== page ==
Path to food sufficiency

States | Ondo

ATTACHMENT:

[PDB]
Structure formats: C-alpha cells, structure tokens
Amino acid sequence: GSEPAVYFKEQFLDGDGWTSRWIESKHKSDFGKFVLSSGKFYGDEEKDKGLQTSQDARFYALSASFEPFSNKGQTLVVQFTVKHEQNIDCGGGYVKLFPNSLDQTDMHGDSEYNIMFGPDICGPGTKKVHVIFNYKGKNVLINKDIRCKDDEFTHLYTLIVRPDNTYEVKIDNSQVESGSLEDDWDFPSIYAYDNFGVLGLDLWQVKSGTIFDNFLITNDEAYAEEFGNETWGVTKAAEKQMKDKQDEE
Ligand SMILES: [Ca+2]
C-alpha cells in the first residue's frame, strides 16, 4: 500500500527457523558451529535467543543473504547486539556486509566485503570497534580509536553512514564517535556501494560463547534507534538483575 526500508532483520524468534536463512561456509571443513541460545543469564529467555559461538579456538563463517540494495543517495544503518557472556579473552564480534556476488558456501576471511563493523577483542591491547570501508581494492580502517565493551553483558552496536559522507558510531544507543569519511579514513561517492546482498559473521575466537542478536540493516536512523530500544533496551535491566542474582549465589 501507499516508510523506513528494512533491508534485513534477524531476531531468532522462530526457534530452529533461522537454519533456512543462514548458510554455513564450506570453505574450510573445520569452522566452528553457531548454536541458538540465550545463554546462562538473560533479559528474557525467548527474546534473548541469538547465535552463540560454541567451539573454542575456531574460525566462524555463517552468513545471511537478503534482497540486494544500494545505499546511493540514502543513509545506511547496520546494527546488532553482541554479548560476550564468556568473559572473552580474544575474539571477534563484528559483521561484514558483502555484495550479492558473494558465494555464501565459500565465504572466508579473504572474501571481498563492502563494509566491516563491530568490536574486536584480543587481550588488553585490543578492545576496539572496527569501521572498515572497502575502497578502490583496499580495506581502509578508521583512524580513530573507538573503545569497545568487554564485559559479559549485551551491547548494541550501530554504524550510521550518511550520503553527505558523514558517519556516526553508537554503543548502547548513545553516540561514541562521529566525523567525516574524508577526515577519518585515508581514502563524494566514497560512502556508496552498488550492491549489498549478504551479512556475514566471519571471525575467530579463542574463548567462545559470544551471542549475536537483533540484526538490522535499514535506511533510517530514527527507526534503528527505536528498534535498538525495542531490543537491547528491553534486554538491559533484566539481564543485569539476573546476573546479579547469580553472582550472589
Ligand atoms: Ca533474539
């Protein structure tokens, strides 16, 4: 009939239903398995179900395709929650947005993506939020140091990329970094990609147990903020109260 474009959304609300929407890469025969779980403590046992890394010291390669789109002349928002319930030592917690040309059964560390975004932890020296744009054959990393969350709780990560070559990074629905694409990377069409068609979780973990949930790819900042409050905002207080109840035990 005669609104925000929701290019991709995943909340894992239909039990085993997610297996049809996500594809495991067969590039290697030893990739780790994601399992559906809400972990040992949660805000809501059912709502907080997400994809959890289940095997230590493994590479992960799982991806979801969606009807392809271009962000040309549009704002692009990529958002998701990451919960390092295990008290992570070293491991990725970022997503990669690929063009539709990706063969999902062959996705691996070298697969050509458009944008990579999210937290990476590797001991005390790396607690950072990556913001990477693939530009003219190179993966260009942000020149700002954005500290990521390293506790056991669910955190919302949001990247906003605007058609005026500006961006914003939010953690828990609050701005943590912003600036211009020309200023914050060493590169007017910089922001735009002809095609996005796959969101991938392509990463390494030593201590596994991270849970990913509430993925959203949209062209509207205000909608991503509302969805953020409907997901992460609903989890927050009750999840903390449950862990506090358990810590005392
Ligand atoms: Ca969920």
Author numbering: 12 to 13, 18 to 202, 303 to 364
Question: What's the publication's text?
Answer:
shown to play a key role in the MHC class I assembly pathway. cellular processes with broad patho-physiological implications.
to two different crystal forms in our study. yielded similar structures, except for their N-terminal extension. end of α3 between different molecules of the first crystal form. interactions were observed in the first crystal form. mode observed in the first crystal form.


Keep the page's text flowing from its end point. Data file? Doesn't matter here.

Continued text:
By Kayode Crown | The Yoruba will say (permit me to translate it): if you take “lack of food” from poverty, there is really no poverty. Recent statistics released by World Data Lab shows that Nigeria has just overtaken India as the country with the largest population of poor people in the world, though India’s population is about five times ours, just to give the context. While a lot of efforts have been put to expanding the economy, to diversify from having petroleum as the mainstay, not enough attention has been directed at cheap availability of food and targeted subsidy in that direction. So whatever gains in the economy is wiped out through skyrocketing inflation, especially as regards the cost of food. Many developed economies don’t joke with making sure that food prices are very low. For example, the United States, according to available data from the Department of Agriculture (USDA), spends $25 billion or more a year on subsidies for farm businesses based on the clearly defined goals of the government to mitigate the effects of inflation and other market forces on the prices of food. The issue of availability of food is not just left to the whim of the people involved in the business. The government knows that “irorun igi ni rorun eye.” That is a Yoruba proverb which translates: If the tree is calm, the bird on it will also be calm. How that applies to the matter under discussion is that it is as the people have sufficient food and the lower the percentage of income that is needed to eat well, other aspects of the work of the government becomes easier. The people would be willing to pay the required tax if food is readily affordable and available. They would be in the right frame of mind to contribute in meaningful ways to the economy for the benefit of all. There won’t be a big pool of malcontents, constituting themselves into clogs in the wheels of the progress of the society, hardened by hunger and predisposed to upending the society and becoming saboteurs in different forms. While the Ondo State government has organised and observed an Education Summit to bring attention to the different needs in the education sector, we need an Agriculture/Food sufficiency summit also. While we don’t expect the government to now turn itself into “farmer”, it needs to assist farmers in every way it can with the aim of controlling the price of food. Rice is produced in the state in different places. With just a little attention and minimal price regulation, they could expand their efforts to feed the whole state, especially with the availability of the right processing facility. According a recent market survey, imported rice costs about 550 per rubber, while local local rice goes for N700. That is a difference of N150. Does that make sense from the food sufficiency point of view? It doesn’t. Why should the retail price of imported rice be much more lower than that of the local rice? What kind of factors are responsible for the pricing the local rice as something of a luxury good? Has the right attention been paid to locally available resources and help given to the local farmers to scale up? Those are the questions that need answers. We can also speak about yam, which is also produced in the state. It is sometimes priced beyond the reach of the commoner. This is not right and is something that needs to be looked into going forward. We should not just focus on bringing big companies into the state, we need to see to the local farmers also. And it’s not just about provision of loans, everything needs to be dovetailed into reduction of price of food. That really is the key. It’s not just about giving the people jobs, but what about food? It does not matter how much money people have, if they are so squeezed when it comes to provision of food for themselves and their families, it may that may not count for much. And if people don’t have disposable income, and most money you get is spent on food, then other aspects of the economy will be stifled, and sometimes grinding to a halt. Even if the people have money generating ideas, they cannot explore them well since many are basically living from hand to mouth and that is even if there is anything in the hand to put into the mouth. And the way things have been is that when there is salary increase, the price of food also jumps up, and whatever gains the salary increase might have brought is wiped out almost overnight. So the price of food is chases the little increase in salary and catches up fast. All I have been saying about price regulation may need the input of Agricultural Economists. They have devoted years to that sector and it is time we allow them to put their intellectual prowess to work. The past Minister of Agriculture and Rural Development in the country and the present president of African Development Bank, with responsibility of jump starting development on the African continent, in the person of Dr Akinwumi Adesina, studied Agricultural Economics up to PhD level. He has won awards and has been praised for the policies he has initiated both in Nigeria and also on the African continent. He could arguably be regarded as the most famous Agricultural Economist in Nigeria and through him we can see how vital the role of that course in generating ideas and policies in areas where agriculture and economics overlap. Bringing such people on board, the genuine intellectuals, not the political ones, can breathe a new lease of life into the matter of food sufficiency inclusive of low price of food. They should be trusted and given the necessary support to drive this agenda. What we have had till now is money merely thrown at the agricultural sector as loans or grants to farmers or even provision of farm inputs. There needs to be an independent audit of how effective those lines of actions have been all these years so that we don’t continue to say that since that is what has been done, that is what should continue to be done. The Agric Economists are expected to not only have an intellectual grasp of the sectors their discipline overlap, they should also have “on the field” experience and a keen understanding of the peculiar environment of the state. Bring such people together, put them in a room and tell them to grind out policies that will ensure low prices when it comes to some specific food items, at least for starters. And that can be an example the whole nation can learn from. This can actually be a missing piece in the government’s agricultural policy all these while. It is going to be a win-win situation for everyone at the end of the day as food becomes widely available for all and priced low enough. The cost of food in the market should be the concern of government because it intimately affects the people they govern. Rather that watch as the cost of food constantly skyrockets, driven to and fro by the wind of inflation and other vagaries; rather than just say that the people are lazy and don’t want to work, this matter needs to be on the front burner. And it should be reiterated that it is not just about availability, the cost should be low enough that only a very small percentage of the income is spent on food, even if you earn is exactly the minimum wage. The latter should actually be the reference point.